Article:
By all accounts, Top Fuel Motorcycle legend Brian Johnson and his supportive, loving wife Ann were inseparable. The tight-knit couple was so close and in such unison, perhaps it’s apropos they passed within a month of one other.
Ann left this world just one hour before her husband’s funeral.
The Johnsons were bound by marriage and an unyielding love for one another, but also teamwork and a passion for running a professional dragbike racing team on their own.
“It’s very rare in motorsports to find a woman who can stand beside a man, elbow-to-elbow throughout his endeavors. Ann did just that. She was always there for him,” motorcycle journalist Tom McCarthy said. “Women like Jackie Trett, Phyllis McClure and Jackie Hill are one in a million. ”
The Johnson’s synergy and independence from others, in a sport known for requiring many hands, was something that amazed even the most accomplished Top Fuel racers.
“She was it. She pushed him back herself when he would do burnouts,” 14-time champion Larry “Spiderman” McBride said. “They ran that Top Fuel bike, just the two of them. I can’t even imagine how we would do it with just two of us. I was impressed for a lot of years.”
If Johnson didn’t have the respect of all of his United States colleagues, he sure did after the 1984 season. Brian and Ann traveled over from their home in the United Kingdom to garner an American Top Fuel championship, competing against the best racers in the world, including McBride, and the man who many consider to be the greatest Top Fuel racer ever, the late Elmer Trett.
“Brian saved every dime he made and would spend it over here racing,” McBride said. “That’s how passionate they were about it. They would stay in the States for the summer in a motorhome.”
It was passion and competition that fueled the team indeed. Johnson certainty didn’t need to come over to the States to prove anything. He was a star at home. AMA/Prostar founder Keith Kizer called Johnson “England’s Elmer Trett” for his tremendous success across the pond.
Along with continued European success, Johnson resumed carving out an unforgettable legacy in America. In 1991 Johnson established a world record at 6.61 – a mind-boggling elapsed-time in its day.
With constant modifications, tireless tuning and hard work, Brian and Ann maintained their reputation for having one of the world’s quickest and fastest Top Fuel bikes throughout the 1990s.
Ann’s contributions to the team’s success were integral.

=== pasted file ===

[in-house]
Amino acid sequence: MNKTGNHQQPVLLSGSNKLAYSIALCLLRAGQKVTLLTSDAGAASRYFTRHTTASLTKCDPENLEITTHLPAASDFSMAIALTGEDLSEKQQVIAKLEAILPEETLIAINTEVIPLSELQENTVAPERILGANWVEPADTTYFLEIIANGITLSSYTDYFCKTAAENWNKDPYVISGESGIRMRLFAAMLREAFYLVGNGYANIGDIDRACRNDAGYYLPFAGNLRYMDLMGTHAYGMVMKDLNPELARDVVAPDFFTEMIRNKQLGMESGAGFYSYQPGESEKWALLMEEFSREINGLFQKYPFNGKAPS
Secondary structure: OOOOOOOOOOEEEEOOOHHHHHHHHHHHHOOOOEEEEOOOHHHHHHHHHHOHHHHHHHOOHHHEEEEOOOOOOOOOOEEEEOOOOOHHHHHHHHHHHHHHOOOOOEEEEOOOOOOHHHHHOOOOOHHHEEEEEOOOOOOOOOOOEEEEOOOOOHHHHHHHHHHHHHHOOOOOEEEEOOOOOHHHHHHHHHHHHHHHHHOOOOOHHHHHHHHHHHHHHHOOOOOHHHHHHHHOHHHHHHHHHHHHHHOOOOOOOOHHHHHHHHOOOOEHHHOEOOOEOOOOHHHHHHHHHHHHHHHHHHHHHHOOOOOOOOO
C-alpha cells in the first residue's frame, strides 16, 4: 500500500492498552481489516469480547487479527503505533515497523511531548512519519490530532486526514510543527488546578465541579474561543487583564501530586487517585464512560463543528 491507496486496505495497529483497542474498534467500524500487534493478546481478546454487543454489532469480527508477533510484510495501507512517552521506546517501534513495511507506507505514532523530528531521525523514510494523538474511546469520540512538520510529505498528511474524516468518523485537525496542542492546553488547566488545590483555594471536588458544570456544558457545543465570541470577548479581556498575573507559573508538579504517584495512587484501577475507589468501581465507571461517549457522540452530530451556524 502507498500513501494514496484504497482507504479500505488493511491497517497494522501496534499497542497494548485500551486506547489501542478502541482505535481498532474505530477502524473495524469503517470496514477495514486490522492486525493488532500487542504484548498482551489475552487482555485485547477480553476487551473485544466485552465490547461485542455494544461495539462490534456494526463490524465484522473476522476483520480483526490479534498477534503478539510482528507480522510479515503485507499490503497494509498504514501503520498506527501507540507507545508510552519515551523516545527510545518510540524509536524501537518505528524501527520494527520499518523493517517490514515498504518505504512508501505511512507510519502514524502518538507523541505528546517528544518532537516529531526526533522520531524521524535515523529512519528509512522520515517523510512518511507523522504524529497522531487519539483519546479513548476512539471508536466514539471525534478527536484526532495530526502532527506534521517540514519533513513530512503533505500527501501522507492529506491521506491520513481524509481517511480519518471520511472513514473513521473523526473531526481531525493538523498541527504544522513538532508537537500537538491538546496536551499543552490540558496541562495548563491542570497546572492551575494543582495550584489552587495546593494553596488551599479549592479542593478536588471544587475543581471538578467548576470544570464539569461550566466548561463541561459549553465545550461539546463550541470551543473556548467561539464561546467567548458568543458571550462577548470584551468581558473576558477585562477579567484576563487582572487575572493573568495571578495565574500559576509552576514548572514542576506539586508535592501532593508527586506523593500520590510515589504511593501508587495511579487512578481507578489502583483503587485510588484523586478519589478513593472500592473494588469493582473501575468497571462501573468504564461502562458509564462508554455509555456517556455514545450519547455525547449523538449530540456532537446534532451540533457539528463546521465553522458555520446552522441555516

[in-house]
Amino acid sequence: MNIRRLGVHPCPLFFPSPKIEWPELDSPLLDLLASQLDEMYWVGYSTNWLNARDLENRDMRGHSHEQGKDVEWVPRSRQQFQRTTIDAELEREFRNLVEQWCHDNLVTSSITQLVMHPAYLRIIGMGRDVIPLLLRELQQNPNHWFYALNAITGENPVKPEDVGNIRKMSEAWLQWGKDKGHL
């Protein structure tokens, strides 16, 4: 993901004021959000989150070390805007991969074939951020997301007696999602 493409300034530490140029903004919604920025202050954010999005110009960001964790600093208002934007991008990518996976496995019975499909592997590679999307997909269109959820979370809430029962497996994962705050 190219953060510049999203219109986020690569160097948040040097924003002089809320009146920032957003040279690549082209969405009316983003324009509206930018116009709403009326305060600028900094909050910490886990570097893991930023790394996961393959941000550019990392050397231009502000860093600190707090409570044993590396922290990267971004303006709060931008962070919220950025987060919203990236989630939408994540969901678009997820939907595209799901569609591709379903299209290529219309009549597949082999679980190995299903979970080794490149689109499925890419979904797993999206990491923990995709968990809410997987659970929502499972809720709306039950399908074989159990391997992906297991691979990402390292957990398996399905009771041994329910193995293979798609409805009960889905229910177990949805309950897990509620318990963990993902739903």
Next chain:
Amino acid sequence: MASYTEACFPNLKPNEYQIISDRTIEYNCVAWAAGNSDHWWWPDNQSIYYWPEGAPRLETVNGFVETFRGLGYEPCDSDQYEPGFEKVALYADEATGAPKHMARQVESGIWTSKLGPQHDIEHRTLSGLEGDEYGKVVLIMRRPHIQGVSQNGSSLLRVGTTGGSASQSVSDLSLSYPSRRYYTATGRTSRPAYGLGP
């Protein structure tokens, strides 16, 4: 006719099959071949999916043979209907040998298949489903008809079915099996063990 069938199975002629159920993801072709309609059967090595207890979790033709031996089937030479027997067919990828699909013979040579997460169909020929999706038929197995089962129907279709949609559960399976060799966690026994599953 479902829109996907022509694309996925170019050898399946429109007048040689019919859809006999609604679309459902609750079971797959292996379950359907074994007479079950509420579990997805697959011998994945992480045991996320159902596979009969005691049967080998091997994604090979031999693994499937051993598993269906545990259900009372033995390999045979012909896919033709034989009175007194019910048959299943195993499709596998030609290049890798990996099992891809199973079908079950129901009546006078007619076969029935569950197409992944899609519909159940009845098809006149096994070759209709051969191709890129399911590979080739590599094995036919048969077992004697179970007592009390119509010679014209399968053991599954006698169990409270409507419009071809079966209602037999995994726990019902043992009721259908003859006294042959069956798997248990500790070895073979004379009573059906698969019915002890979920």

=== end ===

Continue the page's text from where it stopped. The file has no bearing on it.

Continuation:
“She worked on the engine right with Brian. She took them apart and everything. She did it all. It was very impressive,” McBride said. “Even when Jimmy Brantley bought the bike, she was pushing him back.”
The Johnsons returned to Gainesville, Fla. in 1999 and won the Prostar World Finals, running a 6.29 at 227 mph to defeat multiple time champion Tony Lang in the final. As usual, Ann watched with delight from the starting line as her husband turned on the win light.
“Ann was just like just Jackie Trett, Gina (Lang), and Kelly (Trett). I was always amazed at how much these women could do,” McBride said. “This is a sport that welcomes women. I love seeing them out there working with their husbands and their kids. It’s awesome.”
Johnson retired from racing at the end of 2001 but remained an enthusiastic follower of the sport. In 2002 he continued to fly over to the United States, embarking on a project producing and filming the Prostar series for a VHS releases.
I remember running into Brian after a long day of filming. He was exhausted and covered in rubber from being in the burnout box all day. He could not have been happier. That’s how much he loved the sport. And of course Ann was right there by his side, helping in any way she could.
With personal bests of 6.101 seconds and 234.11 mph, The Johnsons will forever stand as one of the quickest and fastest Top Fuel Motorcycle teams of all-time.
For his accomplishments, in 2008 Johnson was inducted into the British Drag Racing Hall Of Fame. The organization recognizes significant contributions to the sport with inductees characterized by their desire to win, mastery of their own particular field and courage to innovate.
Under that criteria, Johnson was an easy choice.
“He was one of the greatest racers our country has ever seen,” said Geoff Stilwell of the BDRHOF. “The way Brian and Anne worked in unison on the Imperial Wizard team was just remarkable.”
Away from the track the Johnsons cared for one another with the same unity, affinity and altruism they used to make their race team a success.
Brian and Ann’s bond and team approach was so strong, some would speculate the two simply could not, or refused, to live without one another. On April 13th, 2015, Brian succumbed to a heart attack while at the hospital for his wife’s cancer treatment. Ann passed shortly thereafter, on May 5th, 2015 the morning of Brian’s funeral in Sunningdale, UK.
“Ann was always at his side,” McCarthy said. “She was always supportive.”
Maybe the timing of Ann’s passing was a coincidence. Maybe it was losing the will to fight her disease with the stress and despair of her husband’s looming memorial. Or maybe it was a devine opportunity for Ann to reunite with her soulmate.
May the Top Fuel burnouts in the sky never end.
Godspeed Brain and Ann.
– Jack Korpela